The TRICARE contractor(s) would not be involved in clinical issues or in directing patients to a particular institution.

D. Requirements for Participation

Active duty members, former members, and their dependents eligible for TRICARE who meet the clinical trial protocol would be eligible to participate in the demonstration. NICHD anticipates a total of two hundred patients whose fetuses have been diagnosed with myelomeningocele at 16 to 25 weeks' gestation who are over the age of 18 years would be enrolled and referred to the Data and Study Coordinating Center (DSCC) at George Washington University in Rockville, Maryland, to undergo an initial evaluation. Those individuals who remain eligible and interested would be assigned by the DSCC to one of the three centers (Vanderbilt University medical Center in Nashville, the University of California at San Francisco, and Children's Hospital of Philadelphia) where final evaluation and screening will be performed. Patient selection to the three Management of Myelomeningocele Study (MOMS) Centers would be based on convenience to the individual as well as the need to divide evenly the participants among the three centers.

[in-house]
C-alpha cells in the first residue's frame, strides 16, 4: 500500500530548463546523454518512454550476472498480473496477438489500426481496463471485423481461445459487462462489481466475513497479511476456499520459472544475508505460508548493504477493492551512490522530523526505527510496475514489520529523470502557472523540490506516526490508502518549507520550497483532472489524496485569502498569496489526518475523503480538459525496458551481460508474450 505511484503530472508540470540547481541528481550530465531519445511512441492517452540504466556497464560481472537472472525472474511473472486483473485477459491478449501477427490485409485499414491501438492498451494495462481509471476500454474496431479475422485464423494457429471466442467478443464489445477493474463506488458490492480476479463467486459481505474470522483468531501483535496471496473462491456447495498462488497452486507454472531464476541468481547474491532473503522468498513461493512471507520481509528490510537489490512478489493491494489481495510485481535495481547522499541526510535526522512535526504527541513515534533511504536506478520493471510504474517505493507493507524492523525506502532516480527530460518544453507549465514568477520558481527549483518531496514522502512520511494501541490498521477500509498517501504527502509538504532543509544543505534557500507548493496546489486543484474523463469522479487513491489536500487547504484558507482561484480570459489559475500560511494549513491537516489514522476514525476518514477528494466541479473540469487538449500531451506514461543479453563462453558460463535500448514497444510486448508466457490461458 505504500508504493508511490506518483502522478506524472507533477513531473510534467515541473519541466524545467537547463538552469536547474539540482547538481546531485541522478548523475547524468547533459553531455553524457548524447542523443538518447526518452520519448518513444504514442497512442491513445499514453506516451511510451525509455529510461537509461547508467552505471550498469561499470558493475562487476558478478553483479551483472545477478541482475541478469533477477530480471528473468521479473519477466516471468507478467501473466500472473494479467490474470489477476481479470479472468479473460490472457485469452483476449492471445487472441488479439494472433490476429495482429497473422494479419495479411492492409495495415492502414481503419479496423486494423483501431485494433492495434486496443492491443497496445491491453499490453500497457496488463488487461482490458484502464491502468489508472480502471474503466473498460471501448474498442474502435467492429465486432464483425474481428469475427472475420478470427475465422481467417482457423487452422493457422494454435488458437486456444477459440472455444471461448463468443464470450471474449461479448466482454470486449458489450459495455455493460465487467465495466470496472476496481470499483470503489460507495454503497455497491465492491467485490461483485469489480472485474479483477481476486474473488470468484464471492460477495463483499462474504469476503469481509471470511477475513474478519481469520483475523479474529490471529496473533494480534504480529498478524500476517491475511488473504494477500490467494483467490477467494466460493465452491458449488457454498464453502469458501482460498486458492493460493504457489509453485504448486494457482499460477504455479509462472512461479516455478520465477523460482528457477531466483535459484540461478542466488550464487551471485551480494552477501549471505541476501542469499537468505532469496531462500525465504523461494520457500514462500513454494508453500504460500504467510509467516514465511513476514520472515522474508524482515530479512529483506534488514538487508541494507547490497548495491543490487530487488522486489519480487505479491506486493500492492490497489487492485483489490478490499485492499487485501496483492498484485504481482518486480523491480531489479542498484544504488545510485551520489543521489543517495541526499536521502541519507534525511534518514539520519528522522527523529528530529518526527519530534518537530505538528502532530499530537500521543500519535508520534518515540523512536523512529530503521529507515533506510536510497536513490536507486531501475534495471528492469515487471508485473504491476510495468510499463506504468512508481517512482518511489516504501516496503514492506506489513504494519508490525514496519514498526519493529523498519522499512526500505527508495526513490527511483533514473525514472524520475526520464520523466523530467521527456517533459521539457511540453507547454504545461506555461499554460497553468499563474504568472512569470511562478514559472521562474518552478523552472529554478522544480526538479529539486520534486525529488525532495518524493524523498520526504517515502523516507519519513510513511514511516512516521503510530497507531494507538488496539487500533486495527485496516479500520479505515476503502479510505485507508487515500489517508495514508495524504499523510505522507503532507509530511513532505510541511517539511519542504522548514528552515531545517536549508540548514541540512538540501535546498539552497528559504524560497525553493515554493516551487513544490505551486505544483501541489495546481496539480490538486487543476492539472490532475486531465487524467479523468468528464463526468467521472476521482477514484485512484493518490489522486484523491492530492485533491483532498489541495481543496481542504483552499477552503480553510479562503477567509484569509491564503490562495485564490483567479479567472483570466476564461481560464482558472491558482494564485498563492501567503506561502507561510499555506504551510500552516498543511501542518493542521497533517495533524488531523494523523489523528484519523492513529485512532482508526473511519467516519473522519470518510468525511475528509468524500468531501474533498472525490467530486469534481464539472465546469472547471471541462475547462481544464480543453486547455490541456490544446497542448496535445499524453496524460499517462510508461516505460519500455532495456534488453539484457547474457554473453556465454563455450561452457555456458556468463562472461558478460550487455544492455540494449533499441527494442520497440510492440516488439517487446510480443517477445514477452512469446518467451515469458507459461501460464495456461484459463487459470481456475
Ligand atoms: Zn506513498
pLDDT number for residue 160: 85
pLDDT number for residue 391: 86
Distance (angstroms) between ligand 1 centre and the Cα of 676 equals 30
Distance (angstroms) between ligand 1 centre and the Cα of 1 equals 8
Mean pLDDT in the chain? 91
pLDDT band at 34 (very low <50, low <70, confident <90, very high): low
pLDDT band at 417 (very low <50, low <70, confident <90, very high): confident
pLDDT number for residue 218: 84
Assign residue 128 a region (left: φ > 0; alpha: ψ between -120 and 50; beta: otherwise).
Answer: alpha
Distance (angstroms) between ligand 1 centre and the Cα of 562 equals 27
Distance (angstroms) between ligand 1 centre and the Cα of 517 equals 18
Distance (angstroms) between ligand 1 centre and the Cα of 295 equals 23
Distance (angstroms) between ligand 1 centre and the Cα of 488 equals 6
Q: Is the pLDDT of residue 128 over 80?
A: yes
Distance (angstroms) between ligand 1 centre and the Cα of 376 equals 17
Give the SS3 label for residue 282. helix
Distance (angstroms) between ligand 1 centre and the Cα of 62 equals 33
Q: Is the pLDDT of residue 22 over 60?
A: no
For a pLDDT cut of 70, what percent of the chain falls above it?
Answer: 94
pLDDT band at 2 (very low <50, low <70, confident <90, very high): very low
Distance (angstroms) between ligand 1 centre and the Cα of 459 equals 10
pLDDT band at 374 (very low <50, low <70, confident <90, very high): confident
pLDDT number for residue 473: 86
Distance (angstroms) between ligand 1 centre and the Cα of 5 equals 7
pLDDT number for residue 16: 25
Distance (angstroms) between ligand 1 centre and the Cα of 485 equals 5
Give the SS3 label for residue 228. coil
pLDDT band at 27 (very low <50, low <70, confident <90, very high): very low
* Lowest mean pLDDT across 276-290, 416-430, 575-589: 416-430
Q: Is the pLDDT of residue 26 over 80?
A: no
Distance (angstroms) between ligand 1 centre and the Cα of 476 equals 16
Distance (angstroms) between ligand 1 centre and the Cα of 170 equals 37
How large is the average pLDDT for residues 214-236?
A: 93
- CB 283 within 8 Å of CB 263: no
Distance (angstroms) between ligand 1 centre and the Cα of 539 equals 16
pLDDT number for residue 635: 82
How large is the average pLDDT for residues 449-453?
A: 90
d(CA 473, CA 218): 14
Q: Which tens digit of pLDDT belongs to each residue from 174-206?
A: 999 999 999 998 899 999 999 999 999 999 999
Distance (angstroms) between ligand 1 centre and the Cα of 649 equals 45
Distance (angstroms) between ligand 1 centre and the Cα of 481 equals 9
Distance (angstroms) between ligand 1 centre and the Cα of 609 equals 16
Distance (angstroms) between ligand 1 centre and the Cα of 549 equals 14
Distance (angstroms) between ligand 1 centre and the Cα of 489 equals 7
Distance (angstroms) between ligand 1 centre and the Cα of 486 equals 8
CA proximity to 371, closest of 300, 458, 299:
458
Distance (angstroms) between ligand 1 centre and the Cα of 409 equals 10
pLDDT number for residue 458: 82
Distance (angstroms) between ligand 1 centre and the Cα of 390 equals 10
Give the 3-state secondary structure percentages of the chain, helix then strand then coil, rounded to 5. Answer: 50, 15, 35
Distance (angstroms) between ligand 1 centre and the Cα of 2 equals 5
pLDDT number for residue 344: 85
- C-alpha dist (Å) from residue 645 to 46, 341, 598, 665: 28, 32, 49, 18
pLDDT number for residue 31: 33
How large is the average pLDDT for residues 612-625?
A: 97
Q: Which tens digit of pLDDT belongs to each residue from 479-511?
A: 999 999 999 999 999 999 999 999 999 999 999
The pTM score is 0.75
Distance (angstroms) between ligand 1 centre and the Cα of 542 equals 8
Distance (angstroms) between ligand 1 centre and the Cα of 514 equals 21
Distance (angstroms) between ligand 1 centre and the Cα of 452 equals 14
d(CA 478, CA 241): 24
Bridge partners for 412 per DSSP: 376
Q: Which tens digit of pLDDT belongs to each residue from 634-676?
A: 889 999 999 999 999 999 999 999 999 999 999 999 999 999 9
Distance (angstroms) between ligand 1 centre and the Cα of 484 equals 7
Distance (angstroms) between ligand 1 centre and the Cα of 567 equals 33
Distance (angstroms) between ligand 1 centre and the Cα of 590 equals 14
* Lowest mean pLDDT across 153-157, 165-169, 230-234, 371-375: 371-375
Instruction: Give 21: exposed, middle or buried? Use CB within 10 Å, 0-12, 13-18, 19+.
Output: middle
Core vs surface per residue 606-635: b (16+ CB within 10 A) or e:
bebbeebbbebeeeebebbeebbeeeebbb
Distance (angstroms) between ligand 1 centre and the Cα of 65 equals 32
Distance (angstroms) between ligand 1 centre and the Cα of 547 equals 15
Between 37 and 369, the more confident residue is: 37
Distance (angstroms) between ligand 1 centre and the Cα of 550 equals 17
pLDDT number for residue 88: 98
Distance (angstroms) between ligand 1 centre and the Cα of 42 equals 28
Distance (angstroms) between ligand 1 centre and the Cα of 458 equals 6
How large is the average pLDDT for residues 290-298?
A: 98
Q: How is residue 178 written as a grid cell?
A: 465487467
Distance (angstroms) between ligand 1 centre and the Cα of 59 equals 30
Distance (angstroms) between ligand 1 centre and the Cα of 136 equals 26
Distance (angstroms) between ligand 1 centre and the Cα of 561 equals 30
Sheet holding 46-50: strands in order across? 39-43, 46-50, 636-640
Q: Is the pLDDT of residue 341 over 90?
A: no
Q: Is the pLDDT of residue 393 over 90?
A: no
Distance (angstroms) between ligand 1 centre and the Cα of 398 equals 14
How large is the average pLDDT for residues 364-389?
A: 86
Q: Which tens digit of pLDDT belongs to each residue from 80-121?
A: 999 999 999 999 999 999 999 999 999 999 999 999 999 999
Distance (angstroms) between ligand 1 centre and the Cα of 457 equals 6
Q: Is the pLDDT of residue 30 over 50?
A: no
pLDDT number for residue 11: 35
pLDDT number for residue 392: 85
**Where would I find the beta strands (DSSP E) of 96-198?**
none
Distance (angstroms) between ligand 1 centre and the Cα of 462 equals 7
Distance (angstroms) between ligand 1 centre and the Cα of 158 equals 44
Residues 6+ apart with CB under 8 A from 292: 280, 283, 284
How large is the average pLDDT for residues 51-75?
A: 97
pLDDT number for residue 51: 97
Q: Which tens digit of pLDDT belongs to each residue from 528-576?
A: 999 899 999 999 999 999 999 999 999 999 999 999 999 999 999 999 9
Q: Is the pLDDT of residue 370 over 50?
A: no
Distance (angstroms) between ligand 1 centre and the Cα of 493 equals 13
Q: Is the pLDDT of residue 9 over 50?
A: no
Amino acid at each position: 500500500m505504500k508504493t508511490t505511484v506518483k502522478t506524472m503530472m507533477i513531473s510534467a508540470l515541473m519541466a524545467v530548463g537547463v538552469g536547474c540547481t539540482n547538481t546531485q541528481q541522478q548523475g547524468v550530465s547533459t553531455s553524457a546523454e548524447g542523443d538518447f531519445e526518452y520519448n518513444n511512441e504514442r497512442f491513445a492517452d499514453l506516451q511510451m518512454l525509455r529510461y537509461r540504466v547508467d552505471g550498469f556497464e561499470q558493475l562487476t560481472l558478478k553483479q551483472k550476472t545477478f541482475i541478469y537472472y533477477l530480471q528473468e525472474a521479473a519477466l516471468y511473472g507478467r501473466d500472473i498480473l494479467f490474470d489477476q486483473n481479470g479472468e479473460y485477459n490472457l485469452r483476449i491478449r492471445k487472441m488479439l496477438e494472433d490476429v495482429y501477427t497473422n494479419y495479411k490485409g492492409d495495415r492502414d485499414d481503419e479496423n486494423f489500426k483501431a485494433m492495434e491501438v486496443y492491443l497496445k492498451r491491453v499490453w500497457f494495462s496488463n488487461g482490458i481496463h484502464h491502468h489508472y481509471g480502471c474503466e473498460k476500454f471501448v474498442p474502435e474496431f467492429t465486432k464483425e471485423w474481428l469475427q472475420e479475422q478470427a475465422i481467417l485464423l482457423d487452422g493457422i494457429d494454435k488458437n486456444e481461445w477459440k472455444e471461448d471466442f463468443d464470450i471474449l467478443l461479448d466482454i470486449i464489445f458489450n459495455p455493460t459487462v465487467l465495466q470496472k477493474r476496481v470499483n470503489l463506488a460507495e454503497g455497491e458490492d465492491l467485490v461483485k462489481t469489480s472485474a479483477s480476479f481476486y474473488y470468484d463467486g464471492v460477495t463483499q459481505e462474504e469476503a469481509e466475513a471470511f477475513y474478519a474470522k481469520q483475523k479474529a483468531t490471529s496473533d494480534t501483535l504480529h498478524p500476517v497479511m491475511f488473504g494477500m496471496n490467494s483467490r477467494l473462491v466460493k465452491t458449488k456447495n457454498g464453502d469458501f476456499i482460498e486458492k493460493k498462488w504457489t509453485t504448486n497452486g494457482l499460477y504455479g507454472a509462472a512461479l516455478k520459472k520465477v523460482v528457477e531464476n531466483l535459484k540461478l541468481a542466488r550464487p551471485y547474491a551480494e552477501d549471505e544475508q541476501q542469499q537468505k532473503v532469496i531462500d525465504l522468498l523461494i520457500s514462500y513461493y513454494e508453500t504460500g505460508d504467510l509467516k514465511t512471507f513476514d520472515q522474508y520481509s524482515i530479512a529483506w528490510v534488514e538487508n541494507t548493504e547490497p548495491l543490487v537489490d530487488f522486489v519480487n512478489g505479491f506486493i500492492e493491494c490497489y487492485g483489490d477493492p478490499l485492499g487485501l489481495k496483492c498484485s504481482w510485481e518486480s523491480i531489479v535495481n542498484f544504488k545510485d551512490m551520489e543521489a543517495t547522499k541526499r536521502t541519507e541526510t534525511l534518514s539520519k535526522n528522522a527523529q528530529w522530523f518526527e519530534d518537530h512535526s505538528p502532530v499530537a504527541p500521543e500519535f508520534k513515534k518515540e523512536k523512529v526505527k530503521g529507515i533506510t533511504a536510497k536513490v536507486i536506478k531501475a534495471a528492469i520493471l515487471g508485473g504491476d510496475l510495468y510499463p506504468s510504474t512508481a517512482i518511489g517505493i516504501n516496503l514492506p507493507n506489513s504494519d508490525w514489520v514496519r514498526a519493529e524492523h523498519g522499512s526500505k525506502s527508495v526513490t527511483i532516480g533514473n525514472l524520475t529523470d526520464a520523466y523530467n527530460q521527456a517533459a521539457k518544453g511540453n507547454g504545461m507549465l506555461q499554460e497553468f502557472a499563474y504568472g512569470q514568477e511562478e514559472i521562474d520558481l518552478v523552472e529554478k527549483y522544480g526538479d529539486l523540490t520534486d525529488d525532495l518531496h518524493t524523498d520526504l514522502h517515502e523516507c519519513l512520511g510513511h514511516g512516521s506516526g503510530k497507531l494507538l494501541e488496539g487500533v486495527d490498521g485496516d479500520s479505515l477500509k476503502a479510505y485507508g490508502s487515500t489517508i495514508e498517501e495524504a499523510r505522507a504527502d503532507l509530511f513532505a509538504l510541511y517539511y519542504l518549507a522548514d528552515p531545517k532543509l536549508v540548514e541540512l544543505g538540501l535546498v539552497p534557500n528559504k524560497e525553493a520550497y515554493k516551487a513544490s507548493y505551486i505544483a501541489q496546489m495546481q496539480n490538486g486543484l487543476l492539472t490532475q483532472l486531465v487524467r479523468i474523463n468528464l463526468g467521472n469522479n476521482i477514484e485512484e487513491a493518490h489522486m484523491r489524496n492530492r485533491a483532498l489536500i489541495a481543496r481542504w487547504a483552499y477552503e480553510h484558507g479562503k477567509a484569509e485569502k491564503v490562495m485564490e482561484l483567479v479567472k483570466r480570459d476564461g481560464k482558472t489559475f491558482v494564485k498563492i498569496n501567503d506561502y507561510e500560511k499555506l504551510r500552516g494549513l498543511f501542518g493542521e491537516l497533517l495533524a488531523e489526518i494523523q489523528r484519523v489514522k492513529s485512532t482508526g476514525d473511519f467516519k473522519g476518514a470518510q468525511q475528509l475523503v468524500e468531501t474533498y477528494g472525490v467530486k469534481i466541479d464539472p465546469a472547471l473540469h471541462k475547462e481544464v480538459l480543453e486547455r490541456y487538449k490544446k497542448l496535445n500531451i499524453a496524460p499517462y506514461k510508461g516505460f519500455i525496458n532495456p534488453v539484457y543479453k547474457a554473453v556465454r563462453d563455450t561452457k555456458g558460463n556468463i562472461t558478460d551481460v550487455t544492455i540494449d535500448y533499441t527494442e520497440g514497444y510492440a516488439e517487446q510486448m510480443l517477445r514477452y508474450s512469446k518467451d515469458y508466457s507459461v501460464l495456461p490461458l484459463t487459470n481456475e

E. Costs

Patients who choose to participate in the clinical trial will have no additional costs for prenatal care beyond what is normally paid by the beneficiary. If TRICARE beneficiaries have other health insurance, the other health insurance is required to pay first before TRICARE to the extent the health care is a benefit under the other plan as stated under 10 U.S.C. 1079(j)(1). If patients are in a prenatal surgery group, the travel, meal and lodging costs for the patient and a relative or friend will be covered by NICHD grant support or the grantee institution until delivery and after delivery, until the patient and baby go home.

If patients are in a postnatal surgery group, travel back to the center for the patient and a support person will be covered by NICHD grant support or the grantee institution, as well as meals and lodging before and after delivery, until the baby and patient are able to go home. The cost of the study follow up, returning at one year and two and a half years of age will also be covered. Meals and lodging will be covered for those visits as well.

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Dated: February 5, 2003.

Patricia L. Toppings,

Alternate OSD Federal Register Liaison Officer, Department of Defense.

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[FR Doc. 03-3512 Filed 2-12-03; 8:45 am]